The Real Britpop

Basement
Britpop also-rans Mocking Kevin

There’s a bit of celebration happening, 20 years on from the start of Britpop.  But it’s not really the Britpop that I remember.

I was there – working with lots of the more minor bands after turning down a job with Blur in 1993, DJing at clubs like Blow Up and Brighton’s Basement, hanging out with Menswe@r, Heavy Stereo, Moloko Plus and My Life Story, and drinking at the Good Mixer.

And what I was part of was much bigger than the Blur vs Oasis battle that’s being replayed right now.

Britpop started before the music press gave it a label, in bands like S*M*A*S*H, My Life Story, Elastica, Spitfire, These Animal Men, Denim, Suede and Pulp who were discovering a british style. It really came together with Blur’s Modern Life Is Rubbish, a collection of perfect British songs in a brilliantly British sleeve. Still, I think, the most important album of the time

From those roots, came a radically diverse scene, with lots of different bands exploring being british in very different ways. It wasn’t just the straightforward rock it became later – Pulp were still very artschool, Blur were channeling classic 60s bands, but there were also bands like St Etienne, Cornershop, James Taylor Quartet and Portishead, making a very different noise but being bought by the same people. Listen to My Life Story and Divine Comedy, Dodgy and The Bluetones, Ash and Elastica, and you’ll find something much more than 60s rock revived. It doesn’t all sound the same.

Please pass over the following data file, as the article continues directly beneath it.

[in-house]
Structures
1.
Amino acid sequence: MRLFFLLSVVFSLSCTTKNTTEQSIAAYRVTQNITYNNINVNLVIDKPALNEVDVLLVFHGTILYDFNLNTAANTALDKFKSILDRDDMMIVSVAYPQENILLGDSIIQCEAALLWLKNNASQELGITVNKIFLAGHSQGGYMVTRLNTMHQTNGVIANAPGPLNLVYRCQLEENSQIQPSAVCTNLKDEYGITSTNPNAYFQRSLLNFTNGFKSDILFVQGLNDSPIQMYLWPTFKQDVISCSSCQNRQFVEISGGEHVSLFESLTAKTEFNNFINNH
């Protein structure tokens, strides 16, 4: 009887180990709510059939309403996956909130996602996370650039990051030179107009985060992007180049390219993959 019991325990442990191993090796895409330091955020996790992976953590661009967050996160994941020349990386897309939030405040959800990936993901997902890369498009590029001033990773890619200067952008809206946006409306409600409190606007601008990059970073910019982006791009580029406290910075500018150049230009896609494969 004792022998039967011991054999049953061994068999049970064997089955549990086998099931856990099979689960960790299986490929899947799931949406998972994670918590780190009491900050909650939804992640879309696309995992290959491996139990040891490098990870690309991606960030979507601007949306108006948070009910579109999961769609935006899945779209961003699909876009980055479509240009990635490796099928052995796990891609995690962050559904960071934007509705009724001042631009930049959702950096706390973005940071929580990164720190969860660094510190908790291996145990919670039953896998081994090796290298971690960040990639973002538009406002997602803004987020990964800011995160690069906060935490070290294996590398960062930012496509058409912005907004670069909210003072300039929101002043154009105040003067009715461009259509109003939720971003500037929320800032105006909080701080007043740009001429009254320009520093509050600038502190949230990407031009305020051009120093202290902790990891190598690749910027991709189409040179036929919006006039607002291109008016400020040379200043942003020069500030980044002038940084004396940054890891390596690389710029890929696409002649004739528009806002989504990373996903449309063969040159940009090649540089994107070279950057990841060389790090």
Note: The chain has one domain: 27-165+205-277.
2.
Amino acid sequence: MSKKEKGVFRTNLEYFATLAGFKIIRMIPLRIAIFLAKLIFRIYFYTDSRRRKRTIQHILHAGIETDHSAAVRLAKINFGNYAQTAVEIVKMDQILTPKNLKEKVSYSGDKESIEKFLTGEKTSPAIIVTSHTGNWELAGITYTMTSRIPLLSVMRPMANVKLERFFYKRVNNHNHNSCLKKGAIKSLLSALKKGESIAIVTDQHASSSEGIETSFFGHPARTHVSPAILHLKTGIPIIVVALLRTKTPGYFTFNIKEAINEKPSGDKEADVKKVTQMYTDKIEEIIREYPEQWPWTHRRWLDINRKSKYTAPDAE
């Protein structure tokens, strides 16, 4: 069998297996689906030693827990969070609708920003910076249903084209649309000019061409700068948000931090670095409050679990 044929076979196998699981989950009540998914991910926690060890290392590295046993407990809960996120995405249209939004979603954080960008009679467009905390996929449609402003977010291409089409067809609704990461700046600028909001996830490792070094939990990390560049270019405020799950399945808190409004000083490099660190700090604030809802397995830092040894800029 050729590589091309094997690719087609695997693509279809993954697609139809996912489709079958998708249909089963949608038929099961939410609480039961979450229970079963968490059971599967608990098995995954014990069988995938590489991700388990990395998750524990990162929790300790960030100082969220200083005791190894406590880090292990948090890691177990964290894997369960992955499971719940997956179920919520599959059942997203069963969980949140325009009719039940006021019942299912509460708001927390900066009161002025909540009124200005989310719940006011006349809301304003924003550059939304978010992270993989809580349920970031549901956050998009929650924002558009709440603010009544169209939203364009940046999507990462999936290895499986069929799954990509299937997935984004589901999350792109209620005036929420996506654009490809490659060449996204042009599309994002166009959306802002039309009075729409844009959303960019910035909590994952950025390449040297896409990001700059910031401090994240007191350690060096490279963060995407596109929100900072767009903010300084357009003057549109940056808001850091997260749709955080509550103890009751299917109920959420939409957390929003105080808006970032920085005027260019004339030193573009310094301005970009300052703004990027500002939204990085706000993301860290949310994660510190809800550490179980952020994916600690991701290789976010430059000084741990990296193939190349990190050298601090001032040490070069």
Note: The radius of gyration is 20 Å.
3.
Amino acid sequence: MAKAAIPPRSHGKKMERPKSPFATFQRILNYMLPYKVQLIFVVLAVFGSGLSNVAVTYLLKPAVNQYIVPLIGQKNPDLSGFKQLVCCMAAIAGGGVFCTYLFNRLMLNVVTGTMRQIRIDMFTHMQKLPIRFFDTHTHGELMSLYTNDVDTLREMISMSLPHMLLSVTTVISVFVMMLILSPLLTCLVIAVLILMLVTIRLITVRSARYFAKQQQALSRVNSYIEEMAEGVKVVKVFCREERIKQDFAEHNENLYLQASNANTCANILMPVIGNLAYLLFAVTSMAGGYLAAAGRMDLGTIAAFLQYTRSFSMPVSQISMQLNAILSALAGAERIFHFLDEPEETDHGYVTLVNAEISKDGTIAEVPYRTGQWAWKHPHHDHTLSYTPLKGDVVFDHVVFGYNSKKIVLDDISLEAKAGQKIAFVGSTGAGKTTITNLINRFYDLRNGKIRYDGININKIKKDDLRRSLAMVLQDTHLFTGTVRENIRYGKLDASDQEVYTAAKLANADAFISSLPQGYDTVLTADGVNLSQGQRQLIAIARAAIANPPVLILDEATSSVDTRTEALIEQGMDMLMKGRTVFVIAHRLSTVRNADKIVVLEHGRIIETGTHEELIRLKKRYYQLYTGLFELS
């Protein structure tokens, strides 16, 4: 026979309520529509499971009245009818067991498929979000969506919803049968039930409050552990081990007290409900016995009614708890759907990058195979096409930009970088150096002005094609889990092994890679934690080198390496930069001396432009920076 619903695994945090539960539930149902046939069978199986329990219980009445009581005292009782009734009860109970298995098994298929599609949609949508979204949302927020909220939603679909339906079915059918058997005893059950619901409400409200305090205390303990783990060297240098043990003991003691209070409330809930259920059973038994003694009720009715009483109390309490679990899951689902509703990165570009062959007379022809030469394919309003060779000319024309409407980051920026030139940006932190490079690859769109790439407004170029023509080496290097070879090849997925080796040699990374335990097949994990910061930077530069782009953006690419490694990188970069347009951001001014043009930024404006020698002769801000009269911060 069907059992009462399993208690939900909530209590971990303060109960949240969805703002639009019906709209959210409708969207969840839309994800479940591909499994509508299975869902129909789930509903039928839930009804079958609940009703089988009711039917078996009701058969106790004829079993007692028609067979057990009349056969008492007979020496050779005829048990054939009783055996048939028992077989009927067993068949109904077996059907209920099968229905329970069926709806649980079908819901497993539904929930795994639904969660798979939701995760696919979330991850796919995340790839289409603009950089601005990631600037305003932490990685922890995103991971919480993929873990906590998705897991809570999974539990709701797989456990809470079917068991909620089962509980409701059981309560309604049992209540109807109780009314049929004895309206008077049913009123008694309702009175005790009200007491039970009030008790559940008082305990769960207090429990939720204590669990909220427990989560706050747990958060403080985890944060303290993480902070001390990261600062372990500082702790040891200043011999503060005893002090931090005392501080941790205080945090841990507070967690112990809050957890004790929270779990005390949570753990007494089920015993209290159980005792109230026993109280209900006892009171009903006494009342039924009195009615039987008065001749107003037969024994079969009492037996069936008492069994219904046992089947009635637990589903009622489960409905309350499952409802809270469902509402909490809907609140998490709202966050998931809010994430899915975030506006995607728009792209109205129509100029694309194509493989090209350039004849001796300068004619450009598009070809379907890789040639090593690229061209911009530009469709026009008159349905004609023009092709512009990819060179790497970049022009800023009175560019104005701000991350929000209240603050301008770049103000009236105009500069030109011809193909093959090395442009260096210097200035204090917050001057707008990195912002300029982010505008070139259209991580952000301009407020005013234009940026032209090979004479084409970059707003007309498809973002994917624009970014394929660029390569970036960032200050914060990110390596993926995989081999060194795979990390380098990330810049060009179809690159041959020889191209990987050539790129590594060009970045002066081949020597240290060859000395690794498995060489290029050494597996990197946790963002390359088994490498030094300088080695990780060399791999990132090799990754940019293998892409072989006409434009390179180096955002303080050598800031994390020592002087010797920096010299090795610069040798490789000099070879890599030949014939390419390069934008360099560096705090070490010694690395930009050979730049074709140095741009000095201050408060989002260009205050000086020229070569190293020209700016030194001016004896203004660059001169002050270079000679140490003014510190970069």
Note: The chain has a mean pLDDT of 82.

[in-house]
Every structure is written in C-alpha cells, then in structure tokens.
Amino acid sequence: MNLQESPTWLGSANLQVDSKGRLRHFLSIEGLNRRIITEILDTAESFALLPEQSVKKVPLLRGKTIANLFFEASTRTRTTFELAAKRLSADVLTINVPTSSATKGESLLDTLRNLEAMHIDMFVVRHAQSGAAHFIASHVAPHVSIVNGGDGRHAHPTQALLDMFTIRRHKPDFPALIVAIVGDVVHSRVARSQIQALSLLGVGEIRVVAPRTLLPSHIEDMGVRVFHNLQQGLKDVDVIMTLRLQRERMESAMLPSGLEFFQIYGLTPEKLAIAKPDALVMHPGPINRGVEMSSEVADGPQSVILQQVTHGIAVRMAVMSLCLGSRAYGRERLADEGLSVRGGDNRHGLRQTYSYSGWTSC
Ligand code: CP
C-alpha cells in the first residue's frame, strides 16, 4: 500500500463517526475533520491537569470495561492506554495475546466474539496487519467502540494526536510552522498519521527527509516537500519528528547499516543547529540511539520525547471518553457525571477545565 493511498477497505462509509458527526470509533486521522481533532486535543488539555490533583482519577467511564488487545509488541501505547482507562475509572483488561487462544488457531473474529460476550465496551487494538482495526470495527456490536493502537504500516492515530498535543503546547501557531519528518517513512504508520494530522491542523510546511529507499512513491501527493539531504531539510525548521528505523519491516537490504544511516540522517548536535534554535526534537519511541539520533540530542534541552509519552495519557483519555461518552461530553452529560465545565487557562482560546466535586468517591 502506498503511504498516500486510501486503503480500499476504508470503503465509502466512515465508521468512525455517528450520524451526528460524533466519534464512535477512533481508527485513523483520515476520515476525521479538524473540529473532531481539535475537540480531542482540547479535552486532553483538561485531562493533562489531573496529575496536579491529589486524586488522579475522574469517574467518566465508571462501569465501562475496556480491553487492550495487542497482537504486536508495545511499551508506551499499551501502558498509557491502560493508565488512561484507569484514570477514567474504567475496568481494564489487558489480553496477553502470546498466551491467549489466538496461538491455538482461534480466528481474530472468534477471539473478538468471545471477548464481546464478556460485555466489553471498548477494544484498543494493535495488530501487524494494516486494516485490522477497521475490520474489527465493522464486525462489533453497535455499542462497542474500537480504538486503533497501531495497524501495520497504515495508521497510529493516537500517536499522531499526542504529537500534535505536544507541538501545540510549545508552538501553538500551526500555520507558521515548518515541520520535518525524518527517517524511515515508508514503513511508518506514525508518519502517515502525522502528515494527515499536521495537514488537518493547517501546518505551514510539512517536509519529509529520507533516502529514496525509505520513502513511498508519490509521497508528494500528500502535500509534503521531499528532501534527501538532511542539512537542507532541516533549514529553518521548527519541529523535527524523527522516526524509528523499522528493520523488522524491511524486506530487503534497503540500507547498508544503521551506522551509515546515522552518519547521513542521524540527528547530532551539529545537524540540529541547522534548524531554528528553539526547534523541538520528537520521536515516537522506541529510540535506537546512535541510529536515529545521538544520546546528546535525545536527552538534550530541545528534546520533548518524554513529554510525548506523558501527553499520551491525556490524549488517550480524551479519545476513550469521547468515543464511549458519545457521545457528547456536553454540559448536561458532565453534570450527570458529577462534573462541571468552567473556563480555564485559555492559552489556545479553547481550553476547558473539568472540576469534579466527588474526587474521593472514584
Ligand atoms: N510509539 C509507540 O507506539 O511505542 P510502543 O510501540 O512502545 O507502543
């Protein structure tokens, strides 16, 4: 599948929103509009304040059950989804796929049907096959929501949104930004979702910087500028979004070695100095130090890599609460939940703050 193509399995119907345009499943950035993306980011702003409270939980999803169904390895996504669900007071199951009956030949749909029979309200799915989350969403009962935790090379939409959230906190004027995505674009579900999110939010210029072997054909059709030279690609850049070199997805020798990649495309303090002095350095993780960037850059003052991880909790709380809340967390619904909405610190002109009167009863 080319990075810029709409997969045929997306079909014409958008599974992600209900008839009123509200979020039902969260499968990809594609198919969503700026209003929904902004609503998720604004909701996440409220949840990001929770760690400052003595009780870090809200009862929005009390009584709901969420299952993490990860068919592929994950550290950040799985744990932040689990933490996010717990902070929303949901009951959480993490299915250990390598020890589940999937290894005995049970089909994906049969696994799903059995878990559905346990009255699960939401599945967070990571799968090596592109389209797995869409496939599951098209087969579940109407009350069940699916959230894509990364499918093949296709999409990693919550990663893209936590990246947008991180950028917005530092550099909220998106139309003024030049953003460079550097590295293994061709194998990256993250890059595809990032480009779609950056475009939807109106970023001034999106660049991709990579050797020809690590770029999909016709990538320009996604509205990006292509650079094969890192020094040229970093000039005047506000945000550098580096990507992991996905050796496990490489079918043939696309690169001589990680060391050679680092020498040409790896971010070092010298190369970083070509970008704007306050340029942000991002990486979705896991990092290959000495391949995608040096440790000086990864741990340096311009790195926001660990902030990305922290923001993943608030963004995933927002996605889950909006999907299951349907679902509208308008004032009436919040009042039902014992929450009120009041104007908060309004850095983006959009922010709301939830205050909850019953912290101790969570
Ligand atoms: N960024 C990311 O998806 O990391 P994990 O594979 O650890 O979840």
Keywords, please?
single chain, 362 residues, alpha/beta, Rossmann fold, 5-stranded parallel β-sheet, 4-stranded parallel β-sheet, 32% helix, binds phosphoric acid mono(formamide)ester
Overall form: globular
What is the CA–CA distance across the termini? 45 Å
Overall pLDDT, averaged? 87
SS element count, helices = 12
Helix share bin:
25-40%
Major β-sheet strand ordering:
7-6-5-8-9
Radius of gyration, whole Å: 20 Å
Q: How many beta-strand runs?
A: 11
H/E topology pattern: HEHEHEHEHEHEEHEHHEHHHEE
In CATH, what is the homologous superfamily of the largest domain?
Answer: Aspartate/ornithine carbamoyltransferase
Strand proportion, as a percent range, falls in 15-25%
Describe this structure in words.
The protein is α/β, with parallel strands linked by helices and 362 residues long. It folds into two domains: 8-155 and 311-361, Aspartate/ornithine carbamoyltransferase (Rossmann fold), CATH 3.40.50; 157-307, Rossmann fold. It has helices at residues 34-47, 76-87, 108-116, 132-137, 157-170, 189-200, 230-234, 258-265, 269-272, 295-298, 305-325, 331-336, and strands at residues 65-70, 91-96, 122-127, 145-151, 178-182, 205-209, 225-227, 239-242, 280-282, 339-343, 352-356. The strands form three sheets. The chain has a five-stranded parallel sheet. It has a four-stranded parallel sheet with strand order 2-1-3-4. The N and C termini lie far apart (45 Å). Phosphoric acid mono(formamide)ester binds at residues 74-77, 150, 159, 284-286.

And there was an incredible diversity within the musicians, too. I don’t remember a music scene before or since with as many women – Elastica, Echobelly, St Etienne, Catatonia, Curve, Kenickie, Salad, Powder  and many, many more. And a huge explosion of bands from outside London, too – Pulp were proudly Sheffield, there was a strong Brighton contingent, a whole wave of Welsh bands as far apart as the Manic Street Preachers and Gorkys Zygotic Mynci, Ash from Northern Ireland, Ocean Colour Scene from the Midlands, Oasis, Black Grape and a whole bunch of stoutly Northern bands.

Look at Echobelly alone – a female singer from India, a Swedish guitarist, a black female guitarist – and all of those were pretty much ignored because they weren’t exceptional and because the songs were so good.

And Britpop came with a culture wrapped around it, too. Books like High Fidelity, fashion names like Fred Perry and Ben Sherman, Kate Moss, the Young British Artists, illustrators like Jamie Hewlett and Phil Bond, and films like Trainspotting are very much part of the whole scene.

So let’s look again – and let’s not remember Britpop as ladrock, Tony Blair’s Cool Britannia and nothing more than a Union Jack wrapped around a revival.

Britpop was an energetic reimagining of what it meant to be British, and has a legacy in the fact that Britain is the most creative country in the world, leading in music, literature, film, design and art. It truly made a difference.

 

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